I am not sure I see why taking the Bible literally interferes with science or evolution. Just because the Bible is a spiritual book does not mean it is without error in my opinion. I think there are shades of grey in everything. I believe there is a God as billions of people worldwide believe in a higher power and have believed this for thousands of years. I believe in Jesus as because that is who I grew up with. I do not think God puts one religion above another. He just gives us different ways to reach him (I use him as that is what I grew up with).

Evolution in my opinion is from God. When God gave people the bible he made it so people of that time period would understand it relatively easily. I mean I doubt that many of them had much of an understanding of dinosaurs and atoms and space flight etc etc.
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09-08-2009, 10:06 AM
Post: #9
RE: Is Evolution really compatible with Christianity?
Well, good for you for realizing that you only believe in Jesus because that is how you grew up. However, I would ask you - does that make it right? I believed in young-earth 6-literal-day creationism when I grew up. I also believed that public education had been manipulated by Satan directly, by people who had no greater desire than to steal the faith of young children and possibly torture puppies. Clearly neither of these are true (those responsible for public education DID love to torture puppies, but they weren't Satanists.)

I would also remind you that a few hundred years ago the vast majority of people believed that blacks were inferior and enslaving them was not only fine, but actually doing them a favor. One hundred years ago women were believed to be the weaker sex, and denied things like the privilege to vote. Also keep in mind that the Christian bible clearly supports both of these conclusions ("And the man is the head of the woman, even as Christ is the head of the church". THAT'S divine authority there. Keep that in mind, boys, if your woman does not follow you as slavishly as Christians are supposed to follow Christ himself, she's a sinner.)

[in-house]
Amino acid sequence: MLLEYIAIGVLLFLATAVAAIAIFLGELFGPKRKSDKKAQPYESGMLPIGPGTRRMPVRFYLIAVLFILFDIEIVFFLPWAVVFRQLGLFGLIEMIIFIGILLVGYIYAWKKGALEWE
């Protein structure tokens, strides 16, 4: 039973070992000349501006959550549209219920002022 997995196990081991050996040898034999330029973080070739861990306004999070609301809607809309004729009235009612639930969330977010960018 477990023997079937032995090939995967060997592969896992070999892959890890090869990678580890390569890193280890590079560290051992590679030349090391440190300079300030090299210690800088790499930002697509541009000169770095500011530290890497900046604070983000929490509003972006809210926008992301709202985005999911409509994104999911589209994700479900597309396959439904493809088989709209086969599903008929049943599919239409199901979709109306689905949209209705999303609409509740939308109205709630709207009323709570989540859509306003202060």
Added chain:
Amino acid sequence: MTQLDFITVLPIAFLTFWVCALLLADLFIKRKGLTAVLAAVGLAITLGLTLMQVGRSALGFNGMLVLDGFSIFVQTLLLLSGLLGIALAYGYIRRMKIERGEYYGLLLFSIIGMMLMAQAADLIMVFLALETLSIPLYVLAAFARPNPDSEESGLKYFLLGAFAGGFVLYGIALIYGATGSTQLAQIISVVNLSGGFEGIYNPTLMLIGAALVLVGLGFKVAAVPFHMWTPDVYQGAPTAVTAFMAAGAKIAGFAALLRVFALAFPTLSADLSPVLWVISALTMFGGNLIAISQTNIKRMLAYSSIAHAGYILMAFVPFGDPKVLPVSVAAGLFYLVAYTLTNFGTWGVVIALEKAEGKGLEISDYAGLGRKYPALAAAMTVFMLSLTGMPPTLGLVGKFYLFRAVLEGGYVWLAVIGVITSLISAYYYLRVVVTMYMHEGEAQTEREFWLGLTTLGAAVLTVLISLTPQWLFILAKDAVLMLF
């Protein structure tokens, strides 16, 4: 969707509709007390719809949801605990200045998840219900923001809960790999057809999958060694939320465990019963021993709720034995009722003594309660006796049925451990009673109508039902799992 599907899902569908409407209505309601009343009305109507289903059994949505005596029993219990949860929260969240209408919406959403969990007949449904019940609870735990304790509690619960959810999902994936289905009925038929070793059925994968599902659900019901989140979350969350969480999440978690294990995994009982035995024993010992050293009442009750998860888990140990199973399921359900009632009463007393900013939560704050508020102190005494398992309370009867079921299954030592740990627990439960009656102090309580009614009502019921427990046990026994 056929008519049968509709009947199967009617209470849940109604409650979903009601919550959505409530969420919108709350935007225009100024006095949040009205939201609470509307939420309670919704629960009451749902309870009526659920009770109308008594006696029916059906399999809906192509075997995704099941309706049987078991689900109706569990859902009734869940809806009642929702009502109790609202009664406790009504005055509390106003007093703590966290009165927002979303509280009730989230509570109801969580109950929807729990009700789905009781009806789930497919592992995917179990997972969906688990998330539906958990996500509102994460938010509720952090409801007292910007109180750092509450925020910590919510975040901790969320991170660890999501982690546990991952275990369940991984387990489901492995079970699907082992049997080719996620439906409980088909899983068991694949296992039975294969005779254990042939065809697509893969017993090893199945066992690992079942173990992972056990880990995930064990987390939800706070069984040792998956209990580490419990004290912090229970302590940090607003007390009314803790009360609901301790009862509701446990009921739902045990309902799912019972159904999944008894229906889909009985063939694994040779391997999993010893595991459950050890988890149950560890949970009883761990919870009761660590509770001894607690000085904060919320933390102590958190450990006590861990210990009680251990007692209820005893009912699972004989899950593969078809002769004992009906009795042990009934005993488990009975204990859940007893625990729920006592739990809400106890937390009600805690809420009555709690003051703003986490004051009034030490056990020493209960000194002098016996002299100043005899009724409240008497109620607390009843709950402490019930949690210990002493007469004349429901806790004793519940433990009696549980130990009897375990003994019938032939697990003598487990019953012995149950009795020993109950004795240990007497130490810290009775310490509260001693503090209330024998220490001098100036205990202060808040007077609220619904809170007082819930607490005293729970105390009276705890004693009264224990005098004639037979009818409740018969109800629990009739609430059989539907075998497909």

Finally, if the bible has errors . . . then how can you believe it? I mean, if ANYTHING in the bible is going to be erroneous, it's all that crazy talk about god and Jesus rising from the dead and all that. Honestly, from Judges to II Chronicles I'm inclined to trust the biblical account, save the god parts. That's just historical record. Biased historical record, but historical record. But Genesis and the four gospels after the crucifixion bit? If anything in the bible is in error, that stuff is.

Of course, if that stuff is in error than Christianity is just wrong. So you see the problem with believing the bible can have errors.

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10-01-2009, 01:58 AM
Post: #10
RE: Is Evolution really compatible with Christianity?
Is Christianity compatible with the Theory of Evolution? ... But how can the existence of a soul be reconciled with evolution? I'm not really sure.This actually makes Christianity and science entirely compatible! ... The Theory of Evolution is actually a very simple and rather obvious observation that ...... All science really knows for sure is that by about 63 million years ago,......